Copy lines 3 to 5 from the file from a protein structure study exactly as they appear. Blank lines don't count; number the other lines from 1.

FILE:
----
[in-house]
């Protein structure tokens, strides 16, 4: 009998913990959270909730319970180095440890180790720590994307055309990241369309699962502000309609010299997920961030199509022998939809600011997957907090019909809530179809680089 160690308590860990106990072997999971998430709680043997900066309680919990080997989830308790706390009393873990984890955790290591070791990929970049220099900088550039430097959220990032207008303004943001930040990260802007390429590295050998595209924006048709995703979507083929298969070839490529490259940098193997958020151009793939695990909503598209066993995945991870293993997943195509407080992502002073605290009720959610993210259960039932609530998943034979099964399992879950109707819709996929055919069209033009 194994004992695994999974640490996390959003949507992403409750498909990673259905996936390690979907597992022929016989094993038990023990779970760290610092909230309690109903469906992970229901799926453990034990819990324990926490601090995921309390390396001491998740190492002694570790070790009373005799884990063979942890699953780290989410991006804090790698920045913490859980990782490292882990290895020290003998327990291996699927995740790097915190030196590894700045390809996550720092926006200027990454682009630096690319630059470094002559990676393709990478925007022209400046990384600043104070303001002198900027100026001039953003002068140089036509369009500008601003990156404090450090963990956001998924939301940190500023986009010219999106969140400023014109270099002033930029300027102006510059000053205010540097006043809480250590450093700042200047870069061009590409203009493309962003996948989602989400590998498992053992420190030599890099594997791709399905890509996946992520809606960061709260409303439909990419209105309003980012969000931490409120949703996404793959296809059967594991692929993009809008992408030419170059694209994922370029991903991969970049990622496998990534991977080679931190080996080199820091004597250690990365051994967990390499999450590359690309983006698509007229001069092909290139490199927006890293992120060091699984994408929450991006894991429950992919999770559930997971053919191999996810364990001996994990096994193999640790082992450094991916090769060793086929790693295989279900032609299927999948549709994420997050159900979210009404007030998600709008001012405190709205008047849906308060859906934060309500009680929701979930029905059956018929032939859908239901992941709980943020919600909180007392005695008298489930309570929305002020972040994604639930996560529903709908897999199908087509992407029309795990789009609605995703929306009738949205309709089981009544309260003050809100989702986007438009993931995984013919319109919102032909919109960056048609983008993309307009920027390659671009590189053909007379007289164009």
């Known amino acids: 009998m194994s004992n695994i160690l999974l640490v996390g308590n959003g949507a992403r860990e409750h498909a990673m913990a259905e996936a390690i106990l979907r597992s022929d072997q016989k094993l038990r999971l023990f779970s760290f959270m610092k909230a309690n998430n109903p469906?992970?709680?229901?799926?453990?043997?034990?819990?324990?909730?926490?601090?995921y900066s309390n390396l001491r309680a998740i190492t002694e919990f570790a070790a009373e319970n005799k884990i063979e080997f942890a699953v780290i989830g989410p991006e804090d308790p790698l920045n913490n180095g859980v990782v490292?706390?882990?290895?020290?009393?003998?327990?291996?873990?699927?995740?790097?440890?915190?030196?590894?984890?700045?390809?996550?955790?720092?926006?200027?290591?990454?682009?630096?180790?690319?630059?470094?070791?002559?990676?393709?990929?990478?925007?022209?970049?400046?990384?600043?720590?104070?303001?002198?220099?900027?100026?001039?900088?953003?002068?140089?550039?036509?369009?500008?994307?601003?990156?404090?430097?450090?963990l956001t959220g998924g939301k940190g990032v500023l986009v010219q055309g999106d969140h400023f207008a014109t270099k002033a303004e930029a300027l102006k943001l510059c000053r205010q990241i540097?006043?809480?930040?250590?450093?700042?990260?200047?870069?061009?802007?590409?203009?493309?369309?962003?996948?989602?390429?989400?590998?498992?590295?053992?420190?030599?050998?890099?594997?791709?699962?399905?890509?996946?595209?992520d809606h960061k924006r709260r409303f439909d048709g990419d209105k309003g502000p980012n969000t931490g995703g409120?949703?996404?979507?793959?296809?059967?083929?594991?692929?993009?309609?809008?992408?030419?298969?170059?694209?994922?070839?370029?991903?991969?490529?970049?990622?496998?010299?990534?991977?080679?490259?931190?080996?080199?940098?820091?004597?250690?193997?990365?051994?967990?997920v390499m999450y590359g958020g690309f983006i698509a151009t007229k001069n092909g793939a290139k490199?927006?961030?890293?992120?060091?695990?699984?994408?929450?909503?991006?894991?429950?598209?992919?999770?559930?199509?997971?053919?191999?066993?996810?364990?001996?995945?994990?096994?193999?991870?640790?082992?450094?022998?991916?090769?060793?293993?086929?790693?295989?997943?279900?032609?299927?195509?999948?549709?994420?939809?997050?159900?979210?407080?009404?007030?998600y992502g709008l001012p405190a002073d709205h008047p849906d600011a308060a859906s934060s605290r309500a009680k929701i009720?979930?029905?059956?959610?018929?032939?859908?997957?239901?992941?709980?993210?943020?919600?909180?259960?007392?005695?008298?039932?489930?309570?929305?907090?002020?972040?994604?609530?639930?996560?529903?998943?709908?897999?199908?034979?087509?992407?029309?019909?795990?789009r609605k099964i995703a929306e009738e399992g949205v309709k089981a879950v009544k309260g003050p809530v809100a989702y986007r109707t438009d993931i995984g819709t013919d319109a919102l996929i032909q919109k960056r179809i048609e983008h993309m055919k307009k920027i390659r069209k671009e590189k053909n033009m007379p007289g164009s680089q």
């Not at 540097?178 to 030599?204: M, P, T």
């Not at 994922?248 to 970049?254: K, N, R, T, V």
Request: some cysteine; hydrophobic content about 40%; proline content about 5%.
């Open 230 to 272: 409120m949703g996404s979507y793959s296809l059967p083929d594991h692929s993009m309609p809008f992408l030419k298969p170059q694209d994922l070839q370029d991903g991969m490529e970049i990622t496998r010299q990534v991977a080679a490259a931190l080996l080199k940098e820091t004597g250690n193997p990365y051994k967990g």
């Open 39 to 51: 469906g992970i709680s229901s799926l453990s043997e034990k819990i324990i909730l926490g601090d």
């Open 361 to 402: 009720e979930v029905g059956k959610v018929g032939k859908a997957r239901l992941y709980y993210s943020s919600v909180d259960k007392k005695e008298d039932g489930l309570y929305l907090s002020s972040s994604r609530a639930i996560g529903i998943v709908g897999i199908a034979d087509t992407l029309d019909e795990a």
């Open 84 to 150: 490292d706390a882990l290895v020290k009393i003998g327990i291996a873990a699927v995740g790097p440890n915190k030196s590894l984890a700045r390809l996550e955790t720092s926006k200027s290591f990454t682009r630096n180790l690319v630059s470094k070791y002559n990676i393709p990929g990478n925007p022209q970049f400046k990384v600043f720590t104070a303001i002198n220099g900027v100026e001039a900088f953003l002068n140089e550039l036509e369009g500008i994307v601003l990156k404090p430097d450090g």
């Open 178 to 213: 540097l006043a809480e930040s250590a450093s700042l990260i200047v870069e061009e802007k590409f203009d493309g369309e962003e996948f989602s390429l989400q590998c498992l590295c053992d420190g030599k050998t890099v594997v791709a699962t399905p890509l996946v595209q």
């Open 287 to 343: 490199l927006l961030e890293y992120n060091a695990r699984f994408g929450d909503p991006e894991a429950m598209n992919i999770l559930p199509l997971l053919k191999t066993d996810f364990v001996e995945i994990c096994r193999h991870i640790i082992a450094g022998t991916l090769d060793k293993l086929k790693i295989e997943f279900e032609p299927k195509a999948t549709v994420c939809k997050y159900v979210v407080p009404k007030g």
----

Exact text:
């Known amino acids: 009998m194994s004992n695994i160690l999974l640490v996390g308590n959003g949507a992403r860990e409750h498909a990673m913990a259905e996936a390690i106990l979907r597992s022929d072997q016989k094993l038990r999971l023990f779970s760290f959270m610092k909230a309690n998430n109903p469906?992970?709680?229901?799926?453990?043997?034990?819990?324990?909730?926490?601090?995921y900066s309390n390396l001491r309680a998740i190492t002694e919990f570790a070790a009373e319970n005799k884990i063979e080997f942890a699953v780290i989830g989410p991006e804090d308790p790698l920045n913490n180095g859980v990782v490292?706390?882990?290895?020290?009393?003998?327990?291996?873990?699927?995740?790097?440890?915190?030196?590894?984890?700045?390809?996550?955790?720092?926006?200027?290591?990454?682009?630096?180790?690319?630059?470094?070791?002559?990676?393709?990929?990478?925007?022209?970049?400046?990384?600043?720590?104070?303001?002198?220099?900027?100026?001039?900088?953003?002068?140089?550039?036509?369009?500008?994307?601003?990156?404090?430097?450090?963990l956001t959220g998924g939301k940190g990032v500023l986009v010219q055309g999106d969140h400023f207008a014109t270099k002033a303004e930029a300027l102006k943001l510059c000053r205010q990241i540097?006043?809480?930040?250590?450093?700042?990260?200047?870069?061009?802007?590409?203009?493309?369309?962003?996948?989602?390429?989400?590998?498992?590295?053992?420190?030599?050998?890099?594997?791709?699962?399905?890509?996946?595209?992520d809606h960061k924006r709260r409303f439909d048709g990419d209105k309003g502000p980012n969000t931490g995703g409120?949703?996404?979507?793959?296809?059967?083929?594991?692929?993009?309609?809008?992408?030419?298969?170059?694209?994922?070839?370029?991903?991969?490529?970049?990622?496998?010299?990534?991977?080679?490259?931190?080996?080199?940098?820091?004597?250690?193997?990365?051994?967990?997920v390499m999450y590359g958020g690309f983006i698509a151009t007229k001069n092909g793939a290139k490199?927006?961030?890293?992120?060091?695990?699984?994408?929450?909503?991006?894991?429950?598209?992919?999770?559930?199509?997971?053919?191999?066993?996810?364990?001996?995945?994990?096994?193999?991870?640790?082992?450094?022998?991916?090769?060793?293993?086929?790693?295989?997943?279900?032609?299927?195509?999948?549709?994420?939809?997050?159900?979210?407080?009404?007030?998600y992502g709008l001012p405190a002073d709205h008047p849906d600011a308060a859906s934060s605290r309500a009680k929701i009720?979930?029905?059956?959610?018929?032939?859908?997957?239901?992941?709980?993210?943020?919600?909180?259960?007392?005695?008298?039932?489930?309570?929305?907090?002020?972040?994604?609530?639930?996560?529903?998943?709908?897999?199908?034979?087509?992407?029309?019909?795990?789009r609605k099964i995703a929306e009738e399992g949205v309709k089981a879950v009544k309260g003050p809530v809100a989702y986007r109707t438009d993931i995984g819709t013919d319109a919102l996929i032909q919109k960056r179809i048609e983008h993309m055919k307009k920027i390659r069209k671009e590189k053909n033009m007379p007289g164009s680089q």
């Not at 540097?178 to 030599?204: M, P, T």
């Not at 994922?248 to 970049?254: K, N, R, T, V």